I am doing problem 3 from section 45 in Munkres. The problem is Prove Arzela's Theorem, which states: Let $X$ be compact: let $f_n \in \mathcal{C}(X,\mathbb{R}^k)$. If the collection $\{f_n\}$ is pointwise bounded and equicontinuous, then the sequence $f_n$ has a uniformly convergent subsequence. Here is a sketch of my proof:

Let X is compact and $\{f_n\}\subseteq \mathcal{C}(X,\mathbb{R}^k)$. Since $\{f_n\}$ is pointwise bounded and equicontinuous by Ascoli's Theorem $\overline{\{f_n\}}$ is compact. Since $\overline{\{f_n\}}$ is a compact subset of a complete metric space it's complete. Since $\overline{\{f_n\}}$ is compact then the sequence $\{f_n\}$ has a convergent subsequence $\{f_{n_i}\} \to f$. Since we are in the uniform metric, this subsequence converges uniformly.

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    $\begingroup$ Arzela's theorem is often called Arzela-Ascoli's theorem. So what you refered to Ascoli's theorem in your proof is actually Arzela's theorem in disguise. It is circular reasoning and cannot be a valid proof. $\endgroup$ – Song Dec 9 '18 at 0:55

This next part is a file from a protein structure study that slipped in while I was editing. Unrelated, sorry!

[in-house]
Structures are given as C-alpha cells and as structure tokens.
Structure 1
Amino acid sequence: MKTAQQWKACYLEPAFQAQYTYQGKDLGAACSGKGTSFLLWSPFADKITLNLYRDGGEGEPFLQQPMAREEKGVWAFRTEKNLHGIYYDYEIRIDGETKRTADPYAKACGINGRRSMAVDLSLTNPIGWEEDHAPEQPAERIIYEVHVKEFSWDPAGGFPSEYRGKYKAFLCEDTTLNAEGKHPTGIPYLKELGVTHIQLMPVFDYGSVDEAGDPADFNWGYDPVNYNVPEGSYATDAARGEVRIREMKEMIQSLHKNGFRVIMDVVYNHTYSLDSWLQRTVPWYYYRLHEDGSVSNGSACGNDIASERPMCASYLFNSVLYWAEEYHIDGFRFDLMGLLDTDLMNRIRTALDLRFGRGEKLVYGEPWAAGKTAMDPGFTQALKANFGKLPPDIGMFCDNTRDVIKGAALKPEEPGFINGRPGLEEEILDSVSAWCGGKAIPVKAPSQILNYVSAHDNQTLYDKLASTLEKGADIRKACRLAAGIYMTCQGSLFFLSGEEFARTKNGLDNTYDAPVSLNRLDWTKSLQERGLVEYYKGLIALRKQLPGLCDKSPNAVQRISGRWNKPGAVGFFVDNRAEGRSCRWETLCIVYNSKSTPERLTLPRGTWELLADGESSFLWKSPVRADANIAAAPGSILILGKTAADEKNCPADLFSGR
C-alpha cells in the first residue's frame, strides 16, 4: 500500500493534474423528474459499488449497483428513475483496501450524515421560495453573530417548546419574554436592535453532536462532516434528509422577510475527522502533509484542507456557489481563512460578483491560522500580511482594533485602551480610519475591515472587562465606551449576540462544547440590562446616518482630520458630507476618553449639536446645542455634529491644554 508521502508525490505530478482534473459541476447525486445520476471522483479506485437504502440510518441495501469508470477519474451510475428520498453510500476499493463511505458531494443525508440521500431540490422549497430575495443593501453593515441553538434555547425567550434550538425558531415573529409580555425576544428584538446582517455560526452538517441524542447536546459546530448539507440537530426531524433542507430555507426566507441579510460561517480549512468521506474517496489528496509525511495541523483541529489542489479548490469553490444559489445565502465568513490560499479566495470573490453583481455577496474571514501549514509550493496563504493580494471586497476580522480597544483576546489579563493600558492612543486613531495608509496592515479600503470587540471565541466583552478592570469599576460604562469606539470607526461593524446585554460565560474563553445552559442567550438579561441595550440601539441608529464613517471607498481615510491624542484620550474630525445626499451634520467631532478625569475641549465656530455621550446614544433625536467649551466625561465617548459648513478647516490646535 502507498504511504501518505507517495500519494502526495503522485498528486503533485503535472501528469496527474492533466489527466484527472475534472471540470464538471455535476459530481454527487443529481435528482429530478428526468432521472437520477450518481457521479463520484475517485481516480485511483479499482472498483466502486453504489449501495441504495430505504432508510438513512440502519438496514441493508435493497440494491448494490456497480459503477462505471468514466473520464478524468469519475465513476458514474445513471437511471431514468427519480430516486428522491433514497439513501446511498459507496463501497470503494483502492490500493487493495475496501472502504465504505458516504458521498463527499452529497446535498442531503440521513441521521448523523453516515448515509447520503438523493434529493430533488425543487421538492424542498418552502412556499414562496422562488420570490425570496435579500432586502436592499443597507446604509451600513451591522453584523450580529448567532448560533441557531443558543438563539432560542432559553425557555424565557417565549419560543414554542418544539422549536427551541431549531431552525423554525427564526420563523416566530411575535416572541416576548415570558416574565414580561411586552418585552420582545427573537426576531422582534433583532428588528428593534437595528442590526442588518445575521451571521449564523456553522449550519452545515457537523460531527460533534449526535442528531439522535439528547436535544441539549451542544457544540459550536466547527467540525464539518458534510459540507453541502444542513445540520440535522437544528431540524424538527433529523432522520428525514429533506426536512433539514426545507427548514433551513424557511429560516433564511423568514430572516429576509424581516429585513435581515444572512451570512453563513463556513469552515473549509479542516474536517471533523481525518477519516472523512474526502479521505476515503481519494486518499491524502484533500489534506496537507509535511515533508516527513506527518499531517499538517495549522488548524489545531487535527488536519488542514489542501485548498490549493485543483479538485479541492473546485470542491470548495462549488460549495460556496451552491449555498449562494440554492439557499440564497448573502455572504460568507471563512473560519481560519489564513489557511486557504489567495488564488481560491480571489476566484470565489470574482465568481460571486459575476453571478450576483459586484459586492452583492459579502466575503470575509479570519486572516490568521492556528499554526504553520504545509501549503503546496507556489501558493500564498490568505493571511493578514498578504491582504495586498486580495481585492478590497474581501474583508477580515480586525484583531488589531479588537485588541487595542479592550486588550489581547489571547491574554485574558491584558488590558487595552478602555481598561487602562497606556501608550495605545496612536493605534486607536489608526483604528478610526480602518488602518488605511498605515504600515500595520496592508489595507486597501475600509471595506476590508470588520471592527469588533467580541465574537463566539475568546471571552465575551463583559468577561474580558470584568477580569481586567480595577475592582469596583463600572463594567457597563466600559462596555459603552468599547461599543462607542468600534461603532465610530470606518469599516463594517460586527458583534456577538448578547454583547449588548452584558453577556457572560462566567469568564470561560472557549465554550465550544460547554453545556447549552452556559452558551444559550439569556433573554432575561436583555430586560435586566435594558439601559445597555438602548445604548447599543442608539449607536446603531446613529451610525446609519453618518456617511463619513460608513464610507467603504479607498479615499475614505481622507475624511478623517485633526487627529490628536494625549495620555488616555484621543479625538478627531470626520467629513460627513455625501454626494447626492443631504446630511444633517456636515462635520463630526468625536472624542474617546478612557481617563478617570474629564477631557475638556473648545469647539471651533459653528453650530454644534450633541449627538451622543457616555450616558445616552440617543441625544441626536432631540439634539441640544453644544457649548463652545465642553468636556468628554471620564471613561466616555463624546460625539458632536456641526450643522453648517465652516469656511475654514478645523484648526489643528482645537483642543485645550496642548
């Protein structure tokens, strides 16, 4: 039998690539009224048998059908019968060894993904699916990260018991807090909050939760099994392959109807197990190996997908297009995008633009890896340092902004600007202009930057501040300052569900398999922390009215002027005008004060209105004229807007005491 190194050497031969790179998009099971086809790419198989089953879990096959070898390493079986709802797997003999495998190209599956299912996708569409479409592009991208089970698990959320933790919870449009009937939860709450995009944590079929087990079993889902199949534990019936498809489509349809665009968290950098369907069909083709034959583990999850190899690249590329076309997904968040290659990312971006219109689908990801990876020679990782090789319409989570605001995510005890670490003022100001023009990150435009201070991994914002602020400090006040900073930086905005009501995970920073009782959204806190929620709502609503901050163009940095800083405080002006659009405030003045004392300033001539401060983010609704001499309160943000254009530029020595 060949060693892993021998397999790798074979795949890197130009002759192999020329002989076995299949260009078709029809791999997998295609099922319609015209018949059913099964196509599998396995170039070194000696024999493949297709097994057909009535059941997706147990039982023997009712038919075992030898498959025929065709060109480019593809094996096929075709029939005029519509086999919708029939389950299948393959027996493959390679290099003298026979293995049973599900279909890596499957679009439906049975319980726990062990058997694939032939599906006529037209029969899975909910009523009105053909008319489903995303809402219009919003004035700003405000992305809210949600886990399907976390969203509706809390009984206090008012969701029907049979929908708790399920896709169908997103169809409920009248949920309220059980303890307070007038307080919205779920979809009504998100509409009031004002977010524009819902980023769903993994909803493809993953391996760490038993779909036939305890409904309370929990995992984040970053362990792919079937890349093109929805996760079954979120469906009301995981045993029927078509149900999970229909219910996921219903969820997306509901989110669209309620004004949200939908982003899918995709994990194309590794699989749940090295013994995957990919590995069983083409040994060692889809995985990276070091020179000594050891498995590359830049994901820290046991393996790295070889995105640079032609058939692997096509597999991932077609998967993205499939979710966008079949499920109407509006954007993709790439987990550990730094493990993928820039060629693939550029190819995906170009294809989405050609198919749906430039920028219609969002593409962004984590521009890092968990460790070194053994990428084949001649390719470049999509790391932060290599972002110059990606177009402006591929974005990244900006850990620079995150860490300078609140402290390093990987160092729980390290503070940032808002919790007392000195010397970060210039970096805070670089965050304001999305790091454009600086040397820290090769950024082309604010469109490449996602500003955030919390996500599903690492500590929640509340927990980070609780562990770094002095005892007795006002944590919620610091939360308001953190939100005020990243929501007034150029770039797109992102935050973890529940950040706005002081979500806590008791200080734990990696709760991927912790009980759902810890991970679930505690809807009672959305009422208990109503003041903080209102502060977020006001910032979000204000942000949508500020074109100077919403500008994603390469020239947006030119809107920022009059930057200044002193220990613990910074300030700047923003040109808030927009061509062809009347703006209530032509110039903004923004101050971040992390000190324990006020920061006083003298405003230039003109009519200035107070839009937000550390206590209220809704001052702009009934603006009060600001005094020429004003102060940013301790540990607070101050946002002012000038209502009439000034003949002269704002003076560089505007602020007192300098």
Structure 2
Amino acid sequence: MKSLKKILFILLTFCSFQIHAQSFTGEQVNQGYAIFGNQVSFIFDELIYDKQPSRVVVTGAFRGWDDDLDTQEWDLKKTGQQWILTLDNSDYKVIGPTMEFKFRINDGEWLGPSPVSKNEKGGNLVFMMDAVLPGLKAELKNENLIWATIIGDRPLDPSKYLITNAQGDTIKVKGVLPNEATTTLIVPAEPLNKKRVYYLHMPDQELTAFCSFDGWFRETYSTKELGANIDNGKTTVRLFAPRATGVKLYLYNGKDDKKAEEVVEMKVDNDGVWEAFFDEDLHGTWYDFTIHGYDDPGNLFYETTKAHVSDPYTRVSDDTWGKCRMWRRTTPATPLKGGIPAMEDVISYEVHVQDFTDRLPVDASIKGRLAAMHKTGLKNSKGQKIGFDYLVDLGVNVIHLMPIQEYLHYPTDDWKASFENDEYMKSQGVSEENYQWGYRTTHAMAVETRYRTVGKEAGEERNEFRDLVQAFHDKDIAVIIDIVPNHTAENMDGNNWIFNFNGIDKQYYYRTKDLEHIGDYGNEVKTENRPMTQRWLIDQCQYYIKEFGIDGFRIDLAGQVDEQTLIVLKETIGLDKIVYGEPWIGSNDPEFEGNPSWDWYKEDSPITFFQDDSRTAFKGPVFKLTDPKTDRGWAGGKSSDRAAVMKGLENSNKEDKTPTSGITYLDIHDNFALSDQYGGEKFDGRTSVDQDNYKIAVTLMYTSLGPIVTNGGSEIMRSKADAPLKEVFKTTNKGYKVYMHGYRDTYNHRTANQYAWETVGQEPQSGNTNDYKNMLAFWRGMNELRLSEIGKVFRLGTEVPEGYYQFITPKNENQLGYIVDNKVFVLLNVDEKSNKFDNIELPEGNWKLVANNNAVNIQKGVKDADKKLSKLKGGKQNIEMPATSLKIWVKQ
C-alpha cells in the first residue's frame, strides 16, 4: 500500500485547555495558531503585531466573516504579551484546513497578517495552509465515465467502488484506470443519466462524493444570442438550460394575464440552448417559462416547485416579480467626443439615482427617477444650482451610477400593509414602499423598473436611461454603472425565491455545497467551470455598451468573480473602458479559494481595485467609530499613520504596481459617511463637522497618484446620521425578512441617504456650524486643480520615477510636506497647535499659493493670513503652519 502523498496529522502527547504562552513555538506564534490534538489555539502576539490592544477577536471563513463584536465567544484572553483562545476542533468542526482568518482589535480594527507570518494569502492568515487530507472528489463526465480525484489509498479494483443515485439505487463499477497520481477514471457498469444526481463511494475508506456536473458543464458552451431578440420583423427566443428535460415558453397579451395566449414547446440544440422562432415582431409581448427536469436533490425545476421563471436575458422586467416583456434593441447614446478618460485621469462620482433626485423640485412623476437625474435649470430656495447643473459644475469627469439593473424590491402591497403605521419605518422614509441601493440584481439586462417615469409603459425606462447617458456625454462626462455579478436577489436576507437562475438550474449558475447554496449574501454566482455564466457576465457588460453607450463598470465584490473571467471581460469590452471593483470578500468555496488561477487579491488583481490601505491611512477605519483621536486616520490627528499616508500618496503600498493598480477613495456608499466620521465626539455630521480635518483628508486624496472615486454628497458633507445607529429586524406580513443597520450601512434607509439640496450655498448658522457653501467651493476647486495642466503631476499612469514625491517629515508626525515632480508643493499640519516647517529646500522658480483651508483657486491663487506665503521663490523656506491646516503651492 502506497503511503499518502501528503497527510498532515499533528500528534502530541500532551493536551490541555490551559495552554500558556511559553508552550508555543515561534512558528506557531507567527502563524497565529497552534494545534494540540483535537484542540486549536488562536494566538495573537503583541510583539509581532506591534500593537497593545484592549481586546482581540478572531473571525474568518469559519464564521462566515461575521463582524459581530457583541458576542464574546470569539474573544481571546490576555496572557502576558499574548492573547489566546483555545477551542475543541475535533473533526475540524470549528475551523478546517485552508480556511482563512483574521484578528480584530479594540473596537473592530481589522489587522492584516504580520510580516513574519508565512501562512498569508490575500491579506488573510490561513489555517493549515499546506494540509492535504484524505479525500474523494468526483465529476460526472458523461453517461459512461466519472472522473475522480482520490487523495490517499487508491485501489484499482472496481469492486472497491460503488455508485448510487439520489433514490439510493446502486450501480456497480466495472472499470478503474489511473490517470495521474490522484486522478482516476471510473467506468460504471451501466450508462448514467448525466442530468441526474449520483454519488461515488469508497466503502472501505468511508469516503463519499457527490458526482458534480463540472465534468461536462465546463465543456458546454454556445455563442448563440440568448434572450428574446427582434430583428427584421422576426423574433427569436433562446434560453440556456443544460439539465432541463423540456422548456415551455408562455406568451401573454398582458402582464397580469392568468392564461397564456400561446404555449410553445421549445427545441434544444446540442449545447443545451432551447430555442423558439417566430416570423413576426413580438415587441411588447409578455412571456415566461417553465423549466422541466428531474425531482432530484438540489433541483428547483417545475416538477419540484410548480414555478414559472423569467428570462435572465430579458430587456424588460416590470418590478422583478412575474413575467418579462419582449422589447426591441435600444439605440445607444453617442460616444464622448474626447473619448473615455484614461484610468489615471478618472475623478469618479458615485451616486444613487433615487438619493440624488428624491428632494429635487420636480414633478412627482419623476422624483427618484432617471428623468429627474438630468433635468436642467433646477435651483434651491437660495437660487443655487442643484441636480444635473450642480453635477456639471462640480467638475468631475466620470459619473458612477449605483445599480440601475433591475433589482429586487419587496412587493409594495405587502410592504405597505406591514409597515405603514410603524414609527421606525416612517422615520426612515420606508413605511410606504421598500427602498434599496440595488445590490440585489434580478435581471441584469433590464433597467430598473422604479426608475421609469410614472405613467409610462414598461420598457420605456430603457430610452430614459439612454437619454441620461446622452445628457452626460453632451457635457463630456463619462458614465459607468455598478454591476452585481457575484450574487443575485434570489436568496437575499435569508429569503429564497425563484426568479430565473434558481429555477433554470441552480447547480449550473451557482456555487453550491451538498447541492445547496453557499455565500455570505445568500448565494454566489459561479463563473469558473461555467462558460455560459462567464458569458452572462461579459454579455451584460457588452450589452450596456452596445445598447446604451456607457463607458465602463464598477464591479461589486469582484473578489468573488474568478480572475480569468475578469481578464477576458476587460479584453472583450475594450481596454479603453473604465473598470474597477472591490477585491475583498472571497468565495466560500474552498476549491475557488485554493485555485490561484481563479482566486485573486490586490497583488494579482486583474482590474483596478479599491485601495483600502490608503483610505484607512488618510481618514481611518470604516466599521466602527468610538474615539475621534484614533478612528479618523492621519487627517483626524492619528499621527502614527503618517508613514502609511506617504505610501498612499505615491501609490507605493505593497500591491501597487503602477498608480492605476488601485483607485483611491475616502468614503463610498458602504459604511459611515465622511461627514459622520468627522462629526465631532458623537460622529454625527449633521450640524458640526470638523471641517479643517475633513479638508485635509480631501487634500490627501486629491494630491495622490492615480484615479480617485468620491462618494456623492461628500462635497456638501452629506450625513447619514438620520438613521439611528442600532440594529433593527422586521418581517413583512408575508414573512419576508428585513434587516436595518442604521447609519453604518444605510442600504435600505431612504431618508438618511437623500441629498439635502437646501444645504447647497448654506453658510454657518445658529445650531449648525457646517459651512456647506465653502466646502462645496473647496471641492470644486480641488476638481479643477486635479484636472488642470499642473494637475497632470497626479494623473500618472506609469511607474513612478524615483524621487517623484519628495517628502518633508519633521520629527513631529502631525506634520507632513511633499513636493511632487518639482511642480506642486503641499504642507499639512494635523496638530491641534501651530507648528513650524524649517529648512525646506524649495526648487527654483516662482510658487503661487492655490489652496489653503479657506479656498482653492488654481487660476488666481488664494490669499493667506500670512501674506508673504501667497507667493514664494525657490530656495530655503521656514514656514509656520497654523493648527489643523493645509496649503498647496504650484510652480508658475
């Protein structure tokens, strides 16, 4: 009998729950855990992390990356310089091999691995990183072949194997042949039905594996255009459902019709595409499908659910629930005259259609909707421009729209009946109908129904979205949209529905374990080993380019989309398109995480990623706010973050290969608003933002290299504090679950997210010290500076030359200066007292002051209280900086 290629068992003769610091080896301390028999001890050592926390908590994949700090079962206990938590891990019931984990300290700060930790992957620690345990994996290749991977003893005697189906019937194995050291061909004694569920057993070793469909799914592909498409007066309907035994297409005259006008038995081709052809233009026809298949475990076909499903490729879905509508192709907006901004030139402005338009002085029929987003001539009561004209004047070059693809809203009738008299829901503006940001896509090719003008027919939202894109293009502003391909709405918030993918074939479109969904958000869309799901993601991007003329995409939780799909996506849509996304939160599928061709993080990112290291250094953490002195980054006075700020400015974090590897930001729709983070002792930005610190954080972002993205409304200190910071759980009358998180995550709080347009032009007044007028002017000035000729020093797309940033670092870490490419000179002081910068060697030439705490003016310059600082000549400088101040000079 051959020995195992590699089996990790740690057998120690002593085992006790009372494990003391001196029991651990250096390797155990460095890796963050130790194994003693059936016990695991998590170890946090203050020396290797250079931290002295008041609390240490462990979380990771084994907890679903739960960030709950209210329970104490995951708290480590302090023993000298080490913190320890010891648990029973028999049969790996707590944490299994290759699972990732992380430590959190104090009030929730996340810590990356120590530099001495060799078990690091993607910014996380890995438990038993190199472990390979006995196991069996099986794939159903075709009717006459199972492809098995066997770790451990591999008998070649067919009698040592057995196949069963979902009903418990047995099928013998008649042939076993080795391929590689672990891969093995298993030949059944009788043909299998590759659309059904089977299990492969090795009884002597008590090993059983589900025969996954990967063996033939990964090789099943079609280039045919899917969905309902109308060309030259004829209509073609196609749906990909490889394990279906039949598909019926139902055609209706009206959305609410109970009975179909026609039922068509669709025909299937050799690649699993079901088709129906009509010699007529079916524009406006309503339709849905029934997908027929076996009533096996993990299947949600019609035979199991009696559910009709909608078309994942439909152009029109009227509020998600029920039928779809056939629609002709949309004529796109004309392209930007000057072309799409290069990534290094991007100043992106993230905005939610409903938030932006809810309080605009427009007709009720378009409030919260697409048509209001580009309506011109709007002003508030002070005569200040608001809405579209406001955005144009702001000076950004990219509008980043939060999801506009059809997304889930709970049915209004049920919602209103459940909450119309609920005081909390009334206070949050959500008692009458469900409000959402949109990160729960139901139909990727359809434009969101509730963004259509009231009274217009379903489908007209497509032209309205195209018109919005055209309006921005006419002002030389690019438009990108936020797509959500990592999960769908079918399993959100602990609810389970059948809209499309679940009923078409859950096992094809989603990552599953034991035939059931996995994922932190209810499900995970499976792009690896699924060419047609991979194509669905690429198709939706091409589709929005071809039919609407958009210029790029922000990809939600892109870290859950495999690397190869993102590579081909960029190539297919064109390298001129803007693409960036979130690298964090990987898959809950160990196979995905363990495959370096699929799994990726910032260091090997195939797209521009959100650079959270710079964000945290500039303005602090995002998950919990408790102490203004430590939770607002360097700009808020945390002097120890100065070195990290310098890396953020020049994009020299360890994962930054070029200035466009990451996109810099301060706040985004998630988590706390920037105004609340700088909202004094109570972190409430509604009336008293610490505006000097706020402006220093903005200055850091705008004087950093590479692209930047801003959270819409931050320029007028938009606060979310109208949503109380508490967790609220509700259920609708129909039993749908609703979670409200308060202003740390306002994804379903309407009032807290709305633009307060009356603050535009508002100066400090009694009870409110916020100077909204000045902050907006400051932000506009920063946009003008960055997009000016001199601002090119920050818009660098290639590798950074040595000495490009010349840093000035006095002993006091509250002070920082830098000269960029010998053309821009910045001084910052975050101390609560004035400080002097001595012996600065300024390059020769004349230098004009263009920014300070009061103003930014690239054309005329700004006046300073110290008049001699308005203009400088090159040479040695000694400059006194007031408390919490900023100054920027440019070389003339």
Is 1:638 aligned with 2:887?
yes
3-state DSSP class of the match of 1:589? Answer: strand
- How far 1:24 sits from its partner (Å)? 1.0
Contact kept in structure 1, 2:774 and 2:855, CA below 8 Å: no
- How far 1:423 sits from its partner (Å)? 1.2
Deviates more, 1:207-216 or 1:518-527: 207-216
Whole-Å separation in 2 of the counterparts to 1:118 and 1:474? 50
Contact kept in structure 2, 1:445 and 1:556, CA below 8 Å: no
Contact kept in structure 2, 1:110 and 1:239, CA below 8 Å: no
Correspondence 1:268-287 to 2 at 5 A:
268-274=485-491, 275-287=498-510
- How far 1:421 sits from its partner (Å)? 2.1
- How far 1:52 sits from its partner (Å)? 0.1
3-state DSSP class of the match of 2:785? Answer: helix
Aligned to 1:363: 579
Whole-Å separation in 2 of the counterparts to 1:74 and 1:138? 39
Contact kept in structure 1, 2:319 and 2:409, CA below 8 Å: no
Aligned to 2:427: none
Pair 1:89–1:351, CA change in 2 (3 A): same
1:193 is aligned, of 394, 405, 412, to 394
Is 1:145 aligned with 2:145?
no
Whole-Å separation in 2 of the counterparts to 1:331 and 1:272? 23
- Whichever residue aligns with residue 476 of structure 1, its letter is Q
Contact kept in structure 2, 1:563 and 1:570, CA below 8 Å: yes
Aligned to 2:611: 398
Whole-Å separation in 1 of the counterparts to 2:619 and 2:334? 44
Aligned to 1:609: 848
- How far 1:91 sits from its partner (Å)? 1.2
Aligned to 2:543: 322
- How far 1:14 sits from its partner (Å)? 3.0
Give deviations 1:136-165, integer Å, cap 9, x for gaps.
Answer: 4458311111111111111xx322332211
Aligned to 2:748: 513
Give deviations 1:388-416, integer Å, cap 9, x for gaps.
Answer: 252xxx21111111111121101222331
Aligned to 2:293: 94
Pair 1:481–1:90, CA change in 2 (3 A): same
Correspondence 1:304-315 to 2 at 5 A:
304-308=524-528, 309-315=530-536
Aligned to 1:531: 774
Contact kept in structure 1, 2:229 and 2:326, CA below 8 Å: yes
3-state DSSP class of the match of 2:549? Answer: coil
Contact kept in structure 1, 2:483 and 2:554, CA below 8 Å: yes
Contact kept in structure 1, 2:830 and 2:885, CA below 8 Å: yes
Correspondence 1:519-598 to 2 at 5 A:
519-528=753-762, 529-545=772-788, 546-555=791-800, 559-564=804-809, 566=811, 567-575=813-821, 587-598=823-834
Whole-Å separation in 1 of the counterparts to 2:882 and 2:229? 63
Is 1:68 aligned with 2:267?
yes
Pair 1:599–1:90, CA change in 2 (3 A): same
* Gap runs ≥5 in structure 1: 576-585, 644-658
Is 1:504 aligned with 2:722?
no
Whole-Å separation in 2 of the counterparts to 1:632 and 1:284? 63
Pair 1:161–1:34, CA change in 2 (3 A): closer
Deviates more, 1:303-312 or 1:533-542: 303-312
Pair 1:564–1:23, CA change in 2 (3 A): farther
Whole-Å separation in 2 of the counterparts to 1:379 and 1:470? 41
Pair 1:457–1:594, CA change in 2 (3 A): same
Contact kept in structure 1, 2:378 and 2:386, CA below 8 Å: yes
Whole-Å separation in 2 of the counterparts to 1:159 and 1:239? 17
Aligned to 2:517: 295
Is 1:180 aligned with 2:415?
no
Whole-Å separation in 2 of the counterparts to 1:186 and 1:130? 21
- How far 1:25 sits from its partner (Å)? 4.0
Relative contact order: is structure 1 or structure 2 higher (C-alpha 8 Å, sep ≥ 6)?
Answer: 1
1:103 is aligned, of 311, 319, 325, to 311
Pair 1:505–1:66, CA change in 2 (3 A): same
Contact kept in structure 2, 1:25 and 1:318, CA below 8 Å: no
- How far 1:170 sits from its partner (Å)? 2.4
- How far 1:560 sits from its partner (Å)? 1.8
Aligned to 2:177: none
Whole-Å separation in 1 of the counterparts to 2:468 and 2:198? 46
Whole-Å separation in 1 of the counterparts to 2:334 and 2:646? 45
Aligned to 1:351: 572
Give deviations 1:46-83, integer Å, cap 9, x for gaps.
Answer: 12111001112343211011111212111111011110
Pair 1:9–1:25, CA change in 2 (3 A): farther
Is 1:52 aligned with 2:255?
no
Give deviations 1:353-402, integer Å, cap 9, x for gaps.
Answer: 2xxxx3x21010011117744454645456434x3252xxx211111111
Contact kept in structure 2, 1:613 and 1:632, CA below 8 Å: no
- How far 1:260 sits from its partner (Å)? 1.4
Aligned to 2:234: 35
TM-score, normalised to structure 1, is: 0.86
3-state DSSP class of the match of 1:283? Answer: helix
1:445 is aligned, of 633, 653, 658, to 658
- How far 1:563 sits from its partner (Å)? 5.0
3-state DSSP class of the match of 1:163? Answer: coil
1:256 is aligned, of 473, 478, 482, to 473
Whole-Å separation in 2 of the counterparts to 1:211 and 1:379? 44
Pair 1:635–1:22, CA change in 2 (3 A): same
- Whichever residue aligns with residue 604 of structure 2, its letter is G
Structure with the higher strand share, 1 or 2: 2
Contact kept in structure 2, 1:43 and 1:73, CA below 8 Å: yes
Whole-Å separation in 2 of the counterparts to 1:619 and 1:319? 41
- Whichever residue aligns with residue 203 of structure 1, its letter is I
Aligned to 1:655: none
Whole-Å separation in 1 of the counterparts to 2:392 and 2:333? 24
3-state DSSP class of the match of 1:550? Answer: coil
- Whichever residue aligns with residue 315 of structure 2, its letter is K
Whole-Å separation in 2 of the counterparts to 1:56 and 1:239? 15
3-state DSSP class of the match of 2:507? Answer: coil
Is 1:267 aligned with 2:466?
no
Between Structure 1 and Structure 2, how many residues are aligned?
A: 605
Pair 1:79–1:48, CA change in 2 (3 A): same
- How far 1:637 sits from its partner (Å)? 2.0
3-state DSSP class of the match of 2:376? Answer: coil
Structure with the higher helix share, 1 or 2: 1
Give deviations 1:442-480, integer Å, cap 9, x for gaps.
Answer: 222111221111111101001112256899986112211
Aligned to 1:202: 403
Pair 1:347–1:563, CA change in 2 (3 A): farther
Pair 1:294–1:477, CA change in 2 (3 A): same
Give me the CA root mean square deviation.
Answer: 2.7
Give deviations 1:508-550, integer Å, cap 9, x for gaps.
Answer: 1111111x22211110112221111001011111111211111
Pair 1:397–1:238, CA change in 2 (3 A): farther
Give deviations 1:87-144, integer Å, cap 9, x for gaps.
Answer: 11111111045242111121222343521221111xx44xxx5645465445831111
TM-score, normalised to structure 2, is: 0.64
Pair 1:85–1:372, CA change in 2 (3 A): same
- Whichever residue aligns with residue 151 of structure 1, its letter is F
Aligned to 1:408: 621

• $\begingroup$ I figured. I find it odd the that Munkres proves Ascoli's then makes you prove Arzela's even though they are equivalent. $\endgroup$ – Issacg628496 Dec 9 '18 at 1:08
  • $\begingroup$ So, should I instead show that Arzela's Theorem implies Ascoli's? $\endgroup$ – Issacg628496 Dec 9 '18 at 1:17
  • $\begingroup$ @Song How is it necessarily circular? As long as you prove one version from first principles, proving the second version as a corollary of the first is totally legitimate, no? I feel that I am missing something here. $\endgroup$ – Chill2Macht Dec 9 '18 at 1:18
  • $\begingroup$ @Chill2Macht You're right. I found what I was missing after I browsed the book. One version of the theorem is stated in terms of general $\mathcal{F}\subset C(X,\mathbb{R}^k)$, and the problem requires the sequence version. $\endgroup$ – Song Dec 9 '18 at 1:30

The argument should say: as we have a compact subset of a metric space, the subset is sequentially compact and so we have a convergent subsequence for the sequence $(f_n)_n$ (completeness is irrelevant as we don't have a Cauchy sequence). The rest seems correct.


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